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Hudaiba Soomro - Author
Hudaiba Soomro
| January 10

Data science myths are one of the main obstacles preventing newcomers from joining the field. In this blog, we bust some of the biggest myths shrouding the field. 


The US Bureau of Labor Statistics predicts that data science jobs will grow up to 36% by 2031. There’s a clear market need for the field and its popularity only increases by the day. Despite the overwhelming interest data science has generated, there are many myths preventing new entry into the field.  

data science myths
Top 7 data science myths



Data science myths, at their heart, follow misconceptions about the field at large. So, let’s dive into unveiling these myths. 


1. All data roles are identical 

 It’s a common data science myth that all data roles are the same. So, let’s distinguish between some common data roles – data engineer, data scientist, and data analyst. A data engineer focuses on implementing infrastructure for data acquisition and data transformation to ensure data availability to other roles. 

A data analyst, however, uses data to report any observed trends and patterns to report. Using both the data and the analysis provided by a data engineer and a data analyst, a data scientist works on predictive modeling, distinguishing signals from noise, and deciphering causation from correlation.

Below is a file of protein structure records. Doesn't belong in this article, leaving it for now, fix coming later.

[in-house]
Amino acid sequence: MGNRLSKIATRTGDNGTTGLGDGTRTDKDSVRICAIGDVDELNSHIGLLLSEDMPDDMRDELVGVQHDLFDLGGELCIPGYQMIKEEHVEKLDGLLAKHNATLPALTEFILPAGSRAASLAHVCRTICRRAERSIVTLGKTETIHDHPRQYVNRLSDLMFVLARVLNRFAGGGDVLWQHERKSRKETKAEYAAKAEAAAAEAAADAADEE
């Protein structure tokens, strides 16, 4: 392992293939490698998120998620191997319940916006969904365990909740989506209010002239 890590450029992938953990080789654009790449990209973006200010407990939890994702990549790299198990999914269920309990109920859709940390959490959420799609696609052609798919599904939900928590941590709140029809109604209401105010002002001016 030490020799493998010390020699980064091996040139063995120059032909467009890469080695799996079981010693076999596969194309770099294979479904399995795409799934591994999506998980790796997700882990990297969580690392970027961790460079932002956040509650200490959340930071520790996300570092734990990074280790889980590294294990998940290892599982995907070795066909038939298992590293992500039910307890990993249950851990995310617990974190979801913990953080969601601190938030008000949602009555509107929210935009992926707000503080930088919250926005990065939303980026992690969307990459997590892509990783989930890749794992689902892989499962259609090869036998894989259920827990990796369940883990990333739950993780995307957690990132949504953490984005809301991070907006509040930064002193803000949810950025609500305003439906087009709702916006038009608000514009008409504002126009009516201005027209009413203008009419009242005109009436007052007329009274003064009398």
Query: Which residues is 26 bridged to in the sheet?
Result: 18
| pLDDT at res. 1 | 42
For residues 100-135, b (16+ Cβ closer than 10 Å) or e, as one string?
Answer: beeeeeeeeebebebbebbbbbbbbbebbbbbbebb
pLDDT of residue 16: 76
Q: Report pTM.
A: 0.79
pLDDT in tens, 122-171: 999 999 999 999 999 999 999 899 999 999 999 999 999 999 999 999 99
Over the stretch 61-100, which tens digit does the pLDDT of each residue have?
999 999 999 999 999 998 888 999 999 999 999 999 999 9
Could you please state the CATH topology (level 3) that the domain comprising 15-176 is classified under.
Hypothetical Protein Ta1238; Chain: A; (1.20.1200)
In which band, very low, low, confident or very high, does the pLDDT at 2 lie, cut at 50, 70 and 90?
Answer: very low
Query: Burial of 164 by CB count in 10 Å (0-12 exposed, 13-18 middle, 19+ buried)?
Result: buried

Finally, these are not the only data roles. Other specialized roles such as data architects and business analysts also exist in the field. Hence, a variety of roles exist under the umbrella of data science, catering to a variety of individual skill sets and market needs. 


2. Graduate studies are essential 

 Another myth preventing entry into the data science field is that you need a master’s or Ph.D. degree. This is also completely untrue.  

In busting the last myth, we saw how data science is a diverse field welcoming various backgrounds and skill sets. As such, a Ph.D. or master’s degree is only valuable for specific data science roles. For instance, higher education is useful in pursuing research in data science.  

However, if you’re interested in working on real-life complex data problems using data analytics methods such as deep learning, only knowledge of those methods is necessary. And so, rather than a master’s or Ph.D. degree, acquiring specific valuable skills can come in handier in kickstarting your data science career.  


3. Data scientists will be replaced by artificial intelligence   

As artificial intelligence advances, a common misconception arises that AI will replace all human intelligent labor. This misconception has also found its way into data science forming one of the most popular myths that AI will replace data scientists.  

This is far from the truth because. Today’s AI systems, even the most advanced ones, require human guidance to work. Moreover, the results produced by them are only useful when analyzed and interpreted in the context of real-world phenomena, which requires human input. 

So, even as data science methods head towards automation, it’s data scientists who shape the research questions, devise the analytic procedures to be followed, and lastly, interpret the results.